You can find some examples of typical configurations in the Supported formats.

Note

It is recommended to keep translation components to a reasonable size - split the translation by anything that makes sense in your case (individual apps or addons, book chapters or websites).

Weblate easily handles translations with 10000s of strings, but it is harder to split work and coordinate among translators with such large translation components.

Should the language definition for a translation be missing, an empty definition is created and named as “cs_CZ (generated)”. You should adjust the definition and report this back to the Weblate authors, so that the missing languages can be included in next release.

The component contains all important parameters for working with the VCS, and for getting translations out of it:

Version control system
VCS to use, see Version control integration for details.
Source code repository

VCS repository used to pull changes, see Accessing repositories for more details.

This can either be a real VCS URL or weblate://project/component indicating that the repository should be shared with another component. See Weblate internal URLs for more details.

Repository push URL
Repository URL used for pushing. This is completely optional and push support is turned off when this is empty. See Accessing repositories for more details on how to specify a repository URL.
Repository browser

URL of repository browser used to display source files (location of used messages). When empty, no such links will be generated.

You can use the following format strings:

  • %(branchs)s - current branch
  • %(line)s - line in file
  • %(file)s - filename
  • %(../file)s - filename in parent directory
  • %(../../file)s - filename in grandparent directory

For example on GitHub, use something like https://github.com/WeblateOrg/hello/blob/%(branch)s/%(file)s#L%(line)s.

Exported repository URL
URL where changes made by Weblate are exported. This is important when Continuous translation is not used, or when there is a need to manually merge changes. You can use Git exporter to automate this for Git repositories.
Repository branch
Which branch to checkout from the VCS, and where to look for translations.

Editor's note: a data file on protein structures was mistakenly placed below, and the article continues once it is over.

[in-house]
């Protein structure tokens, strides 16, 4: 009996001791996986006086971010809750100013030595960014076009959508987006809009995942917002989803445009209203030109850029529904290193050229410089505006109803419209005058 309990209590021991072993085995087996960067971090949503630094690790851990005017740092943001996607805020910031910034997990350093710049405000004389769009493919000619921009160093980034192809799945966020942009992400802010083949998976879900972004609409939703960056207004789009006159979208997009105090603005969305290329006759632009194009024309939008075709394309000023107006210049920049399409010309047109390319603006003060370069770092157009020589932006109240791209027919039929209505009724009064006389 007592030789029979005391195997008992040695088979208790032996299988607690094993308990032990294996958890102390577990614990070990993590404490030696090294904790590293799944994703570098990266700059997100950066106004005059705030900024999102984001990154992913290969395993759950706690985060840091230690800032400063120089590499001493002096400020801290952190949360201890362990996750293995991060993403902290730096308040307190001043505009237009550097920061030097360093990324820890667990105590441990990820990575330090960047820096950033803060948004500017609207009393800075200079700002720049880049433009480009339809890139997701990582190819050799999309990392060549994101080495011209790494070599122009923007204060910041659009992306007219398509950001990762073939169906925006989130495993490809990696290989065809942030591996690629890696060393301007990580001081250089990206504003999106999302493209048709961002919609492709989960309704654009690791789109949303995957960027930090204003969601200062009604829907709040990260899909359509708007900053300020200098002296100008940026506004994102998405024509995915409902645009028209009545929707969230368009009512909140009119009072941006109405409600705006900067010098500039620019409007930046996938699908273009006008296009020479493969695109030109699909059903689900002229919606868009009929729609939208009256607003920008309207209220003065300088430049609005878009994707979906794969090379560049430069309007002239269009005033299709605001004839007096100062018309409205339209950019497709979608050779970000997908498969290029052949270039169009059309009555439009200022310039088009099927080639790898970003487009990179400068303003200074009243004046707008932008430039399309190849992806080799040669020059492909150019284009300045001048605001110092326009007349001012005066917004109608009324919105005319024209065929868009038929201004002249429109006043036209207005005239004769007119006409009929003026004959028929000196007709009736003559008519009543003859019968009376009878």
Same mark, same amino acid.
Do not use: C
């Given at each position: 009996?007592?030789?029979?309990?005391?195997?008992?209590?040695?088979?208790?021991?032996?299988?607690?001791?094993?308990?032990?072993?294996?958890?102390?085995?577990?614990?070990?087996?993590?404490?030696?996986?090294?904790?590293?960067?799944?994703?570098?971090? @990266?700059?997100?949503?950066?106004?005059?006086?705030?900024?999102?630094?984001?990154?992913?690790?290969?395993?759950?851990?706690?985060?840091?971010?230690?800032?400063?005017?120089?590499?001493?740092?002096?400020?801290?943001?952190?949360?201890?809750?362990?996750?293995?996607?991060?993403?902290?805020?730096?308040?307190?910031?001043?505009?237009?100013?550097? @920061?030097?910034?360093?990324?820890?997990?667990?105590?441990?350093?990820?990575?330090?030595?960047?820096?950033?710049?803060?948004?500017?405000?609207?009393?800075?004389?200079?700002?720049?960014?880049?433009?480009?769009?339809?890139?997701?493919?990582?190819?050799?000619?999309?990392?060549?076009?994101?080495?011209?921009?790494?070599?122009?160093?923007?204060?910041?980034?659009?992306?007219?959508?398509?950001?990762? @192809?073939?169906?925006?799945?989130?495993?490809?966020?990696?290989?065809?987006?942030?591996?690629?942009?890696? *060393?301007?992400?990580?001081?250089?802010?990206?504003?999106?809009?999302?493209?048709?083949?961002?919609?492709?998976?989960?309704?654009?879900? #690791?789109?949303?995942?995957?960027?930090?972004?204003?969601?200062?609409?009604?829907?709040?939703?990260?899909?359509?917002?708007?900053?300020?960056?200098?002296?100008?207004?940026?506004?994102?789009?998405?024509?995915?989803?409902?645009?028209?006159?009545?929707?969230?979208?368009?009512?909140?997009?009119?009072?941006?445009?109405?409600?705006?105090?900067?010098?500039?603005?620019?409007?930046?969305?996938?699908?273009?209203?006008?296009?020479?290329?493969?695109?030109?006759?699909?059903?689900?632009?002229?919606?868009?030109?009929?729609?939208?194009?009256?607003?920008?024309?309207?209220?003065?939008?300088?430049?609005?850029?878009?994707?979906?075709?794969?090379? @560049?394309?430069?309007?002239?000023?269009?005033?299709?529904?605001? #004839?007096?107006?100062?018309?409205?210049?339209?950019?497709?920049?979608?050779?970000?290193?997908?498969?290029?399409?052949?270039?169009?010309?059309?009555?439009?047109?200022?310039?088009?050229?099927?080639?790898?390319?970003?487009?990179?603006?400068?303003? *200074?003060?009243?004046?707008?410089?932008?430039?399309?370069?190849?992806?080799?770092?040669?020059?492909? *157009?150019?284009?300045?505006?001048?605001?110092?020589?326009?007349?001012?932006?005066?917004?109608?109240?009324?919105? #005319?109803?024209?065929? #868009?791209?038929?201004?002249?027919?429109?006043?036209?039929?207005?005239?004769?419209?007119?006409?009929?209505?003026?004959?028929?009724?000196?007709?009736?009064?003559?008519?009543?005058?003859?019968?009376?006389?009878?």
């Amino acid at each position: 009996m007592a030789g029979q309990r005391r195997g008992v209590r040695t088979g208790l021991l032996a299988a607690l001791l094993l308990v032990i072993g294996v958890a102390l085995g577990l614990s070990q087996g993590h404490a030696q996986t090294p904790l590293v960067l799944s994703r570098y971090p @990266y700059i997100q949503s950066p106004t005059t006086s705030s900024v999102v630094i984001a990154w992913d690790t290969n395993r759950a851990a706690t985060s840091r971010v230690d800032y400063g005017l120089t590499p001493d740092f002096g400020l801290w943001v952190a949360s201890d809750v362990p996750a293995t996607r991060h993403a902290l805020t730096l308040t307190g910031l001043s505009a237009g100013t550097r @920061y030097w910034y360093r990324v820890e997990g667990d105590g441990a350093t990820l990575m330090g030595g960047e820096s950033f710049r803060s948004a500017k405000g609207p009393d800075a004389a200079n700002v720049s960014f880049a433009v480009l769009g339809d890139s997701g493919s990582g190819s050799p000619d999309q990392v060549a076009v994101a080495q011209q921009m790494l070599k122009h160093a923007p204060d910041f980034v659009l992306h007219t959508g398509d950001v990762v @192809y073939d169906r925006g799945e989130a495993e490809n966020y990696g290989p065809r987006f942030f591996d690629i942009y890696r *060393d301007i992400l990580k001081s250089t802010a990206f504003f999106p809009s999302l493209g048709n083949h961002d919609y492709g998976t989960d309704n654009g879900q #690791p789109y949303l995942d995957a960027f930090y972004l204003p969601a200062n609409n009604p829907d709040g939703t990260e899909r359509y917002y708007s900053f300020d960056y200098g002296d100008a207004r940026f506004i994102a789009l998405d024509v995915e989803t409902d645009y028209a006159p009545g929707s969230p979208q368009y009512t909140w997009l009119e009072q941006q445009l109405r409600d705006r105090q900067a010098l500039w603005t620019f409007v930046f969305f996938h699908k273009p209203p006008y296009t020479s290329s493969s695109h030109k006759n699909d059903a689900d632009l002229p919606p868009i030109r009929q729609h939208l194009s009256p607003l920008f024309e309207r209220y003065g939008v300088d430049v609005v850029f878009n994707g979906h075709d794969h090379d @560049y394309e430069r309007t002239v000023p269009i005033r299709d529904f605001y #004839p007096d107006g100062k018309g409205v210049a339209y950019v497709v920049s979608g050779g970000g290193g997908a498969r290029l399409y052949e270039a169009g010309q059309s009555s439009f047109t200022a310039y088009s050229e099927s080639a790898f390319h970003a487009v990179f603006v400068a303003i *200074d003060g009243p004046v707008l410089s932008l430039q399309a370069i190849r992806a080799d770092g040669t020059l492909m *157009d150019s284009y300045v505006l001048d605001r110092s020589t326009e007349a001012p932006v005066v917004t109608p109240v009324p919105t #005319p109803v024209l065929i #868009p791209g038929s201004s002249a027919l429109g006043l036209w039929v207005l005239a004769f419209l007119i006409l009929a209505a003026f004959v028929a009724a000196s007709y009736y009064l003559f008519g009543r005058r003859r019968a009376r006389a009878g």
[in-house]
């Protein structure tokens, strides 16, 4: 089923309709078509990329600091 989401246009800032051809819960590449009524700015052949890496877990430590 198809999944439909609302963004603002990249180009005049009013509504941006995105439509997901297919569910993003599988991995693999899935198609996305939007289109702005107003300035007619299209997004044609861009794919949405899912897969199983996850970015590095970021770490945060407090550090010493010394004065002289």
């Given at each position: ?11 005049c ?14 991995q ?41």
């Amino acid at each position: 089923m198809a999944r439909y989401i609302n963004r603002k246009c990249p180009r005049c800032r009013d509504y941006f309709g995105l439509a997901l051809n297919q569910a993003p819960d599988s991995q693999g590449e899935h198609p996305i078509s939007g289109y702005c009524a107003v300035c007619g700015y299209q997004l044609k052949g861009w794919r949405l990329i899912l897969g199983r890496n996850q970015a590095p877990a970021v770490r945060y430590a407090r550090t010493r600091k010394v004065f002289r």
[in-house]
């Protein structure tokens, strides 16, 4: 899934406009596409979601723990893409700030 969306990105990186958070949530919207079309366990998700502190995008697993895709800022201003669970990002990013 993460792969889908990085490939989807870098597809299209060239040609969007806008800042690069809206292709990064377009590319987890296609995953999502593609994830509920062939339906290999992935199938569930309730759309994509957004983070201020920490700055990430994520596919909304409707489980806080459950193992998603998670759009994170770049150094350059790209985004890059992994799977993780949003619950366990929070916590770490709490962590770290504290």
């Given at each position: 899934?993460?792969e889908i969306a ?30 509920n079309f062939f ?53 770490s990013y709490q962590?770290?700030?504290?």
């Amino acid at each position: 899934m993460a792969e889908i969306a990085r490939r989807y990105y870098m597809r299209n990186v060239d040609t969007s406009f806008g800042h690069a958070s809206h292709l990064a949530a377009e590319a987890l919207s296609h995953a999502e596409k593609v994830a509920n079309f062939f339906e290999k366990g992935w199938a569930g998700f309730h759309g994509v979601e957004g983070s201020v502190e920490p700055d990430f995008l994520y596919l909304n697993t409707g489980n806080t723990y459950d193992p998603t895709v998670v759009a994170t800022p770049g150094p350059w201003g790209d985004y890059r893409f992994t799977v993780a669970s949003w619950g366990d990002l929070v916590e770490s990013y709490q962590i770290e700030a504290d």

File mask

Mask of files to translate, including path. It should include one “*” replacing language code (see Language definitions for info on how this is processed). In case your repository contains more than one translation file (e.g. more Gettext domains), you need to create a component for each of them.

For example po/*.po or locale/*/LC_MESSAGES/django.po.

In case your filename contains special chars such as [, ], these need to be escaped as [[] or []].

Monolingual base language file
Base file containing string definitions for Monolingual components.
Edit base file
Whether to allow editing the base file for Monolingual components.
Base file for new translations
Base file used to generate new translations, e.g. .pot file with Gettext, see Adding new translations for more info.
File format
Translation file format, see also Supported formats.
Source string bug report address
Email address used for reporting upstream bugs. This address will also receive notification about any source string comments made in Weblate.
Locked
You can lock the translation to prevent updates by users.
Allow translation propagation

You can turn off propagation of translations to this component from other components within same project. This really depends on what you are translating, sometimes it’s desirable to have make use of a translation more than once.

It’s usually a good idea to turn this off for monolingual translations, unless you are using the same IDs across the whole project.

Save translation history
Whether to store a history of translation changes in the database.
Enable suggestions
Whether translation suggestions are accepted for this component.
Suggestion voting
Turns on votecasting for suggestions, see Suggestion voting.
Autoaccept suggestions
Automatically accept voted suggestions, see Suggestion voting.
Translation flags
Customization of quality checks and other Weblate behavior, see Customizing behavior.
Translation license
License of the translation, (does not need to be the same as the source code license).
License URL
URL where users can find the actual text of a license in full.
New language
How to handle requests for creation of new languages. Please note that the availability of choices depends on the file format, see Supported formats.
Merge style